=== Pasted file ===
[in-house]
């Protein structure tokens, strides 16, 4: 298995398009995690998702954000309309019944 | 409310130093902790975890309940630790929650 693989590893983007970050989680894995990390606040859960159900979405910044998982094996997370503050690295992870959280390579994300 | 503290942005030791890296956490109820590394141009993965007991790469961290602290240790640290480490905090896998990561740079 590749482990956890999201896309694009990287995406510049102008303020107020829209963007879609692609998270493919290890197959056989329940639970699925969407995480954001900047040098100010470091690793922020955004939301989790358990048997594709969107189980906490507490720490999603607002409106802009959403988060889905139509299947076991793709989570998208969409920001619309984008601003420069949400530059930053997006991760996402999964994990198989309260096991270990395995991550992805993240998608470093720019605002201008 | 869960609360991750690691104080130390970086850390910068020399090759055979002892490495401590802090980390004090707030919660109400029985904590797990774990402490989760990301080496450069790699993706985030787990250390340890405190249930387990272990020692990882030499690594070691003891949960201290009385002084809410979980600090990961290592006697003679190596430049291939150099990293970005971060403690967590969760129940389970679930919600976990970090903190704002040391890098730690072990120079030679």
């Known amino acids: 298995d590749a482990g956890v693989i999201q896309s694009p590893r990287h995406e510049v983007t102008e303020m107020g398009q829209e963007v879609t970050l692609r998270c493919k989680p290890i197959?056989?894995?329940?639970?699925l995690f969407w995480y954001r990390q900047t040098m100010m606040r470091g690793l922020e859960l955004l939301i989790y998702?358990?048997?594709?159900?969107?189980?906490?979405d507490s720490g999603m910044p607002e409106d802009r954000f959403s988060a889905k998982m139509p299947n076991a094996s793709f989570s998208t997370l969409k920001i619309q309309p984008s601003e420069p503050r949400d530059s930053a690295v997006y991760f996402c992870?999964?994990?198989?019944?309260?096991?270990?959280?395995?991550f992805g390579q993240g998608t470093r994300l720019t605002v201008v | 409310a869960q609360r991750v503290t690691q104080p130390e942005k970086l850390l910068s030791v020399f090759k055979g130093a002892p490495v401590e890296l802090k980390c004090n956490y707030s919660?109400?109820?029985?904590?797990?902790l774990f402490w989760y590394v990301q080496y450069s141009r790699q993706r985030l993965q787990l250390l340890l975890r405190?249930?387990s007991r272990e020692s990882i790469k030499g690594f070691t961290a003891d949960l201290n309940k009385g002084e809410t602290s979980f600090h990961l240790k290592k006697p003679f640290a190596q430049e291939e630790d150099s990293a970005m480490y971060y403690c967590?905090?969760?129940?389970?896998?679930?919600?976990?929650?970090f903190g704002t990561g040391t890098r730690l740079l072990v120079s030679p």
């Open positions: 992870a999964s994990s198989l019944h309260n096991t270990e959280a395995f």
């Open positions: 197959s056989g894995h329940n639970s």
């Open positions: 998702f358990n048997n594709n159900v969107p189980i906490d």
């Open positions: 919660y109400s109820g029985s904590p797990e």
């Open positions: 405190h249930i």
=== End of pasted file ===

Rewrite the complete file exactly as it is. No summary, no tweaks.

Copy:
[in-house]
């Protein structure tokens, strides 16, 4: 298995398009995690998702954000309309019944 | 409310130093902790975890309940630790929650 693989590893983007970050989680894995990390606040859960159900979405910044998982094996997370503050690295992870959280390579994300 | 503290942005030791890296956490109820590394141009993965007991790469961290602290240790640290480490905090896998990561740079 590749482990956890999201896309694009990287995406510049102008303020107020829209963007879609692609998270493919290890197959056989329940639970699925969407995480954001900047040098100010470091690793922020955004939301989790358990048997594709969107189980906490507490720490999603607002409106802009959403988060889905139509299947076991793709989570998208969409920001619309984008601003420069949400530059930053997006991760996402999964994990198989309260096991270990395995991550992805993240998608470093720019605002201008 | 869960609360991750690691104080130390970086850390910068020399090759055979002892490495401590802090980390004090707030919660109400029985904590797990774990402490989760990301080496450069790699993706985030787990250390340890405190249930387990272990020692990882030499690594070691003891949960201290009385002084809410979980600090990961290592006697003679190596430049291939150099990293970005971060403690967590969760129940389970679930919600976990970090903190704002040391890098730690072990120079030679």
């Known amino acids: 298995d590749a482990g956890v693989i999201q896309s694009p590893r990287h995406e510049v983007t102008e303020m107020g398009q829209e963007v879609t970050l692609r998270c493919k989680p290890i197959?056989?894995?329940?639970?699925l995690f969407w995480y954001r990390q900047t040098m100010m606040r470091g690793l922020e859960l955004l939301i989790y998702?358990?048997?594709?159900?969107?189980?906490?979405d507490s720490g999603m910044p607002e409106d802009r954000f959403s988060a889905k998982m139509p299947n076991a094996s793709f989570s998208t997370l969409k920001i619309q309309p984008s601003e420069p503050r949400d530059s930053a690295v997006y991760f996402c992870?999964?994990?198989?019944?309260?096991?270990?959280?395995?991550f992805g390579q993240g998608t470093r994300l720019t605002v201008v | 409310a869960q609360r991750v503290t690691q104080p130390e942005k970086l850390l910068s030791v020399f090759k055979g130093a002892p490495v401590e890296l802090k980390c004090n956490y707030s919660?109400?109820?029985?904590?797990?902790l774990f402490w989760y590394v990301q080496y450069s141009r790699q993706r985030l993965q787990l250390l340890l975890r405190?249930?387990s007991r272990e020692s990882i790469k030499g690594f070691t961290a003891d949960l201290n309940k009385g002084e809410t602290s979980f600090h990961l240790k290592k006697p003679f640290a190596q430049e291939e630790d150099s990293a970005m480490y971060y403690c967590?905090?969760?129940?389970?896998?679930?919600?976990?929650?970090f903190g704002t990561g040391t890098r730690l740079l072990v120079s030679p």
């Open positions: 992870a999964s994990s198989l019944h309260n096991t270990e959280a395995f």
């Open positions: 197959s056989g894995h329940n639970s």
């Open positions: 998702f358990n048997n594709n159900v969107p189980i906490d």
């Open positions: 919660y109400s109820g029985s904590p797990e």
């Open positions: 405190h249930i």